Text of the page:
Federal Judge rules USCIS Improperly Denied H-1B Petition

March 11, 2020

 

What is going on?

According to a Forbes article by Stuart Anderson, a federal judge has ruled that U.S. Citizenship and Immigration Services (USCIS) improperly denied InspectionXpert Corporation an H-1B petition for a Quality Engineer position that was selected in the H-1B lottery. According to InspectionXpert's employer letter to USCIS, the position requires a "Bachelor's degree or higher in Mechanical Engineering, Computer Science or a related technical or engineering field (or the equivalent)."

 

USCIS denied the H-1B petition arguing that the position did not require a "degree in a specific specialty." 

 

Judge L. Patrick Auld rejected USCIS' argument that they could deny the petition on the basis that the position did not require a degree in a specific sub-specialty and could be filled by candidates with degrees in other disciplines.  

 

Why should employers care?

If USCIS follows Judge Auld's decision, this could significantly limit USCIS adjudicators' ability to deny future H-1B petitions on the basis that the sought position does not qualify as a specialty occupation.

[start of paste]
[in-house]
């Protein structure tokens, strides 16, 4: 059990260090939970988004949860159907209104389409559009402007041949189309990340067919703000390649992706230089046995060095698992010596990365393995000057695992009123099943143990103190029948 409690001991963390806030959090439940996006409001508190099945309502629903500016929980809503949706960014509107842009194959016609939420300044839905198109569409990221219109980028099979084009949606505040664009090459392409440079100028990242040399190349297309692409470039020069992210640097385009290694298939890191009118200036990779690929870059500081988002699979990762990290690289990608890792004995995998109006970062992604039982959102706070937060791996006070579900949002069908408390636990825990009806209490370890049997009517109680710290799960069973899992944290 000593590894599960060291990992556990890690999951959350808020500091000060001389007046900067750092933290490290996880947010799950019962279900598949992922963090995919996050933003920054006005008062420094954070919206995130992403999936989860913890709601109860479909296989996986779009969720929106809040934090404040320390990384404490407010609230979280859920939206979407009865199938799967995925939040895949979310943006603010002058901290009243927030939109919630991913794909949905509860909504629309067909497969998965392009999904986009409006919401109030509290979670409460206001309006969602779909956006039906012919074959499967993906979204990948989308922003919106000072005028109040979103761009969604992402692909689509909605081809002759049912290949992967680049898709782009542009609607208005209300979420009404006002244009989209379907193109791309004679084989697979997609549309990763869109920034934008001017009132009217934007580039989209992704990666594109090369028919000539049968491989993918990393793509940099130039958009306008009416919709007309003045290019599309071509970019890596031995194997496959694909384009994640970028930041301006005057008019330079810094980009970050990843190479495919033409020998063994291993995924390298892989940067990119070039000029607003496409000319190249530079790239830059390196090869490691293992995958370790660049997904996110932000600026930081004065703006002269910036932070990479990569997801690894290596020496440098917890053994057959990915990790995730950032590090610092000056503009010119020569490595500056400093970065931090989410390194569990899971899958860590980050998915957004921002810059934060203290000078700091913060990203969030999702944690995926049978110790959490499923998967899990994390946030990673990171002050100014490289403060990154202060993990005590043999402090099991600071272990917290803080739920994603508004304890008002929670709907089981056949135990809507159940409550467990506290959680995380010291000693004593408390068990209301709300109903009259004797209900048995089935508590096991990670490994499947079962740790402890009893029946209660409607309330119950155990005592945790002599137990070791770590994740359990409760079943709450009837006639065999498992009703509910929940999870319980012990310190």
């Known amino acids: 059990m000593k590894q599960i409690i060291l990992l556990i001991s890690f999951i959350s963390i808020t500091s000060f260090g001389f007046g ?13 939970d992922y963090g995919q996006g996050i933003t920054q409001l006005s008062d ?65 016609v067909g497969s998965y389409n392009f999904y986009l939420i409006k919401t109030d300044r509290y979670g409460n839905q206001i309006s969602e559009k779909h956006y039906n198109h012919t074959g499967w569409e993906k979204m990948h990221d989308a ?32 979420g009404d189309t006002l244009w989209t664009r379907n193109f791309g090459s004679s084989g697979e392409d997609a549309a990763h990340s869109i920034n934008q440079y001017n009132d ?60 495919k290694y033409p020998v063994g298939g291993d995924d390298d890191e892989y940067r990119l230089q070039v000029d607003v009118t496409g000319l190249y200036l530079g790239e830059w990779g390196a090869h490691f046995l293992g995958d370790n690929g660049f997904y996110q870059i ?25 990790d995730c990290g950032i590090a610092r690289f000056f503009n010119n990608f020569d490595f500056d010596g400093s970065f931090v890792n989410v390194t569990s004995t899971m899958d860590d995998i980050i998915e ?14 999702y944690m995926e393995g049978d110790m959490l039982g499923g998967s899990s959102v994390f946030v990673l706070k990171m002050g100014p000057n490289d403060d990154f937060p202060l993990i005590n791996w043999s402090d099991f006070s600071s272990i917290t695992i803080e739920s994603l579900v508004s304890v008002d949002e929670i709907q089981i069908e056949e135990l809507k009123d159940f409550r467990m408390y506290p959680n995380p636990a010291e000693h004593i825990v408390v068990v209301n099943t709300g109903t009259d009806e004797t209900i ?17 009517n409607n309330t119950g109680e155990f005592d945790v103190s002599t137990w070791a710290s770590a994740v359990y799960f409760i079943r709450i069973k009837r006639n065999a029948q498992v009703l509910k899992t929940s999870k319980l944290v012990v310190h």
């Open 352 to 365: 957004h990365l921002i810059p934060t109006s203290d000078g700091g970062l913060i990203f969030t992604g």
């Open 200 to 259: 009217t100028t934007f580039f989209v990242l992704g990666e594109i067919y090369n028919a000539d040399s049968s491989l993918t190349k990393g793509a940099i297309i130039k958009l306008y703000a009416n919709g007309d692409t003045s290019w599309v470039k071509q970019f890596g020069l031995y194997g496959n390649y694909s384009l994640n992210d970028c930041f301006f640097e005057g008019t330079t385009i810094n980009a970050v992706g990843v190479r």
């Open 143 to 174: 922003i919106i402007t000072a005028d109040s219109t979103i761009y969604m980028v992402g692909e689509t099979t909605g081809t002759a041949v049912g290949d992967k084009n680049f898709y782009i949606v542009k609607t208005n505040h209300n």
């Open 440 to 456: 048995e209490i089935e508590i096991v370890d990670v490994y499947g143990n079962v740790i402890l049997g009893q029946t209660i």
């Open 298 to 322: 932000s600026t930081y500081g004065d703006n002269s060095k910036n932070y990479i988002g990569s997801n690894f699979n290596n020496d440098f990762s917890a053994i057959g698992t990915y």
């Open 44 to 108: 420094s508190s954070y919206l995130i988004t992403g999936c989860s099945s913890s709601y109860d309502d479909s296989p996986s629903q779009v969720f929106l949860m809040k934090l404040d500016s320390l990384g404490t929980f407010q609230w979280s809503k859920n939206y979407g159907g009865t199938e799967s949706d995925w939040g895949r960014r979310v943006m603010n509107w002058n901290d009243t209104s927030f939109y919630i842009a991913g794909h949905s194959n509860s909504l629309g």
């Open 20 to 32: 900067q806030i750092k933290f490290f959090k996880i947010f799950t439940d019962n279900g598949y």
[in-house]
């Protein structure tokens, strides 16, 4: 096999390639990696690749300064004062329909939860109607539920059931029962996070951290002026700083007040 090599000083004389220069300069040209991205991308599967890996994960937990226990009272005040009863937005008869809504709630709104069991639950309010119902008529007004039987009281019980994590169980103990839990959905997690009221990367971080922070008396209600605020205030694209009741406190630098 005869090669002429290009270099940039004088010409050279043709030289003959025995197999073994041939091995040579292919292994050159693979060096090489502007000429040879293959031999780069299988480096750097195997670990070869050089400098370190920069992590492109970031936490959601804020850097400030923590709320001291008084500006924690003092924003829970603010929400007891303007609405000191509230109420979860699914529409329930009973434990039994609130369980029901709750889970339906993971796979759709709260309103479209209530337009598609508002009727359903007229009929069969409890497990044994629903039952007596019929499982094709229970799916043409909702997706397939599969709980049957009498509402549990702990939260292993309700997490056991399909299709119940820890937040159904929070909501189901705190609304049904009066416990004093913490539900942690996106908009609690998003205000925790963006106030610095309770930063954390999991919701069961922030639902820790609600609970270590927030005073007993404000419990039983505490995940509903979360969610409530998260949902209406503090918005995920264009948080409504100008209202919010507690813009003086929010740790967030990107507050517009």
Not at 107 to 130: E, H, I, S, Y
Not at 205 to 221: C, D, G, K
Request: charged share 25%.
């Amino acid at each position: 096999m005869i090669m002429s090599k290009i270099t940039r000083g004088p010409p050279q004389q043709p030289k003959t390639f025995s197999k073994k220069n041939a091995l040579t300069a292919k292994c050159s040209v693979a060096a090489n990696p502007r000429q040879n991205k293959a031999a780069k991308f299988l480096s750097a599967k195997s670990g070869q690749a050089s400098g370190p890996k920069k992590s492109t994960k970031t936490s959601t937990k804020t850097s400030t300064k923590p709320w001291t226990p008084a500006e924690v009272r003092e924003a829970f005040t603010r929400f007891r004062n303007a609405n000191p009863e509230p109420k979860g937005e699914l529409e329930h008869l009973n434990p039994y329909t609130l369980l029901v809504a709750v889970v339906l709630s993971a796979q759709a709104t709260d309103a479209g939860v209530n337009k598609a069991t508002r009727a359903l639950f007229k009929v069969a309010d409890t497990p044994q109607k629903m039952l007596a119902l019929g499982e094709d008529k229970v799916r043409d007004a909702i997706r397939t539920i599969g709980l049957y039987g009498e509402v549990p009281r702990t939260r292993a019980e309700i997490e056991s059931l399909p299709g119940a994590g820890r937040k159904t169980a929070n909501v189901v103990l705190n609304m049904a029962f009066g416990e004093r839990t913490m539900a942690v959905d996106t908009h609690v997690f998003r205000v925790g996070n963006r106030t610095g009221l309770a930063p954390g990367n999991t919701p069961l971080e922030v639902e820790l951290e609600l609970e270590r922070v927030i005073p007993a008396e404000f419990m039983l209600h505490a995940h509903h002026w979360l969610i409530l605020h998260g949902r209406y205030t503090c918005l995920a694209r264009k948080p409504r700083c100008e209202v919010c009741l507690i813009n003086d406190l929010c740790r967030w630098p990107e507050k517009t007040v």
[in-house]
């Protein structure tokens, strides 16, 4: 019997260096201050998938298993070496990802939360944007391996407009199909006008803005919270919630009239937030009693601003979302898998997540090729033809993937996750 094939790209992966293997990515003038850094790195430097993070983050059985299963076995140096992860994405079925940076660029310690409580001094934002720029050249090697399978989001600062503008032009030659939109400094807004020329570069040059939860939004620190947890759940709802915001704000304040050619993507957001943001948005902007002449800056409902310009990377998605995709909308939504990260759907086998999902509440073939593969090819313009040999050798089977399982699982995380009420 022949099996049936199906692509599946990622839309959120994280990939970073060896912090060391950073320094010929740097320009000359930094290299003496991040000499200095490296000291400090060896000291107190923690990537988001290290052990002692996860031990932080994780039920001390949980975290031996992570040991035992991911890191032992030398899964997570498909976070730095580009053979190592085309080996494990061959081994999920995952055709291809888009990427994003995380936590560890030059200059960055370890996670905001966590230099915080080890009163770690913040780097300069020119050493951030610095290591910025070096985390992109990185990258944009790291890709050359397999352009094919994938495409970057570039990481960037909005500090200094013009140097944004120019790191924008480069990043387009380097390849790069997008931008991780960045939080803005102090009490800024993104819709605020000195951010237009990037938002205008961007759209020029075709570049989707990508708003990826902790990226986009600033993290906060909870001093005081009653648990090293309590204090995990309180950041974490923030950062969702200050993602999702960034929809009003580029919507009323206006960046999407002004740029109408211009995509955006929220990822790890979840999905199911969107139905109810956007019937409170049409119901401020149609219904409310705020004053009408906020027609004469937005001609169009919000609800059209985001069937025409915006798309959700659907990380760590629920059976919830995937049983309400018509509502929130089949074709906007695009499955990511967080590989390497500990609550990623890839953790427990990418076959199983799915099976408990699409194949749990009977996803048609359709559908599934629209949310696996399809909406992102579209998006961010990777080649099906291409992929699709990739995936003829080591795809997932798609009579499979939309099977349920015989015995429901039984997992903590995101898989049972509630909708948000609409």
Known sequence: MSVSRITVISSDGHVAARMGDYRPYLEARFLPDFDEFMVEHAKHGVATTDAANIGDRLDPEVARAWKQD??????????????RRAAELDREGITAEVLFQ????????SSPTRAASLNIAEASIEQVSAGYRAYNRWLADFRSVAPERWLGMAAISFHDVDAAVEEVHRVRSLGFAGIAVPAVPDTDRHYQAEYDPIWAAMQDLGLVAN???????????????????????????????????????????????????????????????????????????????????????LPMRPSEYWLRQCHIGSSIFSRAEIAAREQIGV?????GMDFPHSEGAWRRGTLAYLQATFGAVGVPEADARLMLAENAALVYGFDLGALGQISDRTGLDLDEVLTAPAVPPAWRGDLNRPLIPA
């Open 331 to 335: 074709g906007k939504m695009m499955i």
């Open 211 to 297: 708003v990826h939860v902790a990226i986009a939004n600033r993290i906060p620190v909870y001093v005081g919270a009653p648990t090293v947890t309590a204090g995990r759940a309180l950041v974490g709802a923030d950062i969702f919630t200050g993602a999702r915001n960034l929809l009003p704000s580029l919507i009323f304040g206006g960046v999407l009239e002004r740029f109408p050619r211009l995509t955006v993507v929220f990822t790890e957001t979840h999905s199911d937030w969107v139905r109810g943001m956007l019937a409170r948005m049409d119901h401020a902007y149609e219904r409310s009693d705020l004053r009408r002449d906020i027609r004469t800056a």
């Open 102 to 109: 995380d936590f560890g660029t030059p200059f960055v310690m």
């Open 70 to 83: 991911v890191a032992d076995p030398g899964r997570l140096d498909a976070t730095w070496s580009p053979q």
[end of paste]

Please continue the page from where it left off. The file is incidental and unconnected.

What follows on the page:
What should employers do?

With Cap H-1B season upon us, employers should educate themselves about the H-1B requirements for positions they are seeking to fill. It is also crucial to invest adequate time writing the job description for the sought position. Our live H-1B trainings, led by experienced, practicing business immigration attorneys, cover discussion on preparing for requests for evidence (RFEs) and best practices. Trainings are found HERE.

 

 

 

 

 

 

 

 

 

Leyla McMullen

Business Immigration Attorney
MDIVANI CORPORATE IMMIGRATION LAW FIRM

 

 

 

 

The information provided here does not constitute legal advice. It is general information regarding law and policy that may be applicable to your particular HR issue or legal problem. Information provided in this blog, or any of our other public posts, does not create an attorney-client relationship. For specific advice you can rely upon, please contact your attorney.

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